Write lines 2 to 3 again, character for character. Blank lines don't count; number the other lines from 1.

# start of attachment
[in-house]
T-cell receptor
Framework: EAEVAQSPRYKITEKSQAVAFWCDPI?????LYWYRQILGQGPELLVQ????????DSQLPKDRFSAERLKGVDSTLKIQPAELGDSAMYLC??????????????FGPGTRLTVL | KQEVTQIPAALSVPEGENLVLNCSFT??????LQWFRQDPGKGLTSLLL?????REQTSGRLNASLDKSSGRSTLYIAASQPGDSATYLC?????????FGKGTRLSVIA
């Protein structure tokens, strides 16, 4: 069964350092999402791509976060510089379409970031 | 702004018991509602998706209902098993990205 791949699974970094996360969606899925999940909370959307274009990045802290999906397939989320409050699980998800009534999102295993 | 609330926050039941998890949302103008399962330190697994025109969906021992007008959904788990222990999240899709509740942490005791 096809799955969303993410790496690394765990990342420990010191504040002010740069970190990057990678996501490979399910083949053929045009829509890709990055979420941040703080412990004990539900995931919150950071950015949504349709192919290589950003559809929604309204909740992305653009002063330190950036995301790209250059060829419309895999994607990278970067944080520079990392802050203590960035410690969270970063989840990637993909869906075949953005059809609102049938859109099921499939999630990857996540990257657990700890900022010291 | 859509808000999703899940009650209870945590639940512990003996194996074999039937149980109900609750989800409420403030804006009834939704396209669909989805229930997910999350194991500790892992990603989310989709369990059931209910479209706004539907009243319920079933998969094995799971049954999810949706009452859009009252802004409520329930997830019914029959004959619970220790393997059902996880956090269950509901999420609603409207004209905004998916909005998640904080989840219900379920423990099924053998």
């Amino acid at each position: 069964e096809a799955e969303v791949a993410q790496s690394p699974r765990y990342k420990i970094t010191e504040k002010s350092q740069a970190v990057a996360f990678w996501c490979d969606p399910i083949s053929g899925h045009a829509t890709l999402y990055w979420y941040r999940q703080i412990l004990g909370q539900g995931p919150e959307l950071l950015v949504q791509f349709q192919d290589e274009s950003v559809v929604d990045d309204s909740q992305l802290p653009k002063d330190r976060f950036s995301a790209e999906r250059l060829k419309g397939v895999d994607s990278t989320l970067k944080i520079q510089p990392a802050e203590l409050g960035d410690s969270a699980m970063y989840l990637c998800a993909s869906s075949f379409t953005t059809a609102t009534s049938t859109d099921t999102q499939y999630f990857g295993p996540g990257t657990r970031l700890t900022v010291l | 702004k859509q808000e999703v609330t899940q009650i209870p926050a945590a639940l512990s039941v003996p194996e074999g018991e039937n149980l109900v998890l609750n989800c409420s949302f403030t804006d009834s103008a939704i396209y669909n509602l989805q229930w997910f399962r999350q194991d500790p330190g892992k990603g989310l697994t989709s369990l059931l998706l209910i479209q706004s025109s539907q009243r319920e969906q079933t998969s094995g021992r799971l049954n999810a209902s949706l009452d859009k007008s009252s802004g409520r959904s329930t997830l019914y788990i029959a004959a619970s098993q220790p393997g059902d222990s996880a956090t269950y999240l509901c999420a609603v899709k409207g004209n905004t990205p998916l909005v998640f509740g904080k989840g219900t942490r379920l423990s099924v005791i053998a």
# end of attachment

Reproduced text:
T-cell receptor
Framework: EAEVAQSPRYKITEKSQAVAFWCDPI?????LYWYRQILGQGPELLVQ????????DSQLPKDRFSAERLKGVDSTLKIQPAELGDSAMYLC??????????????FGPGTRLTVL | KQEVTQIPAALSVPEGENLVLNCSFT??????LQWFRQDPGKGLTSLLL?????REQTSGRLNASLDKSSGRSTLYIAASQPGDSATYLC?????????FGKGTRLSVIA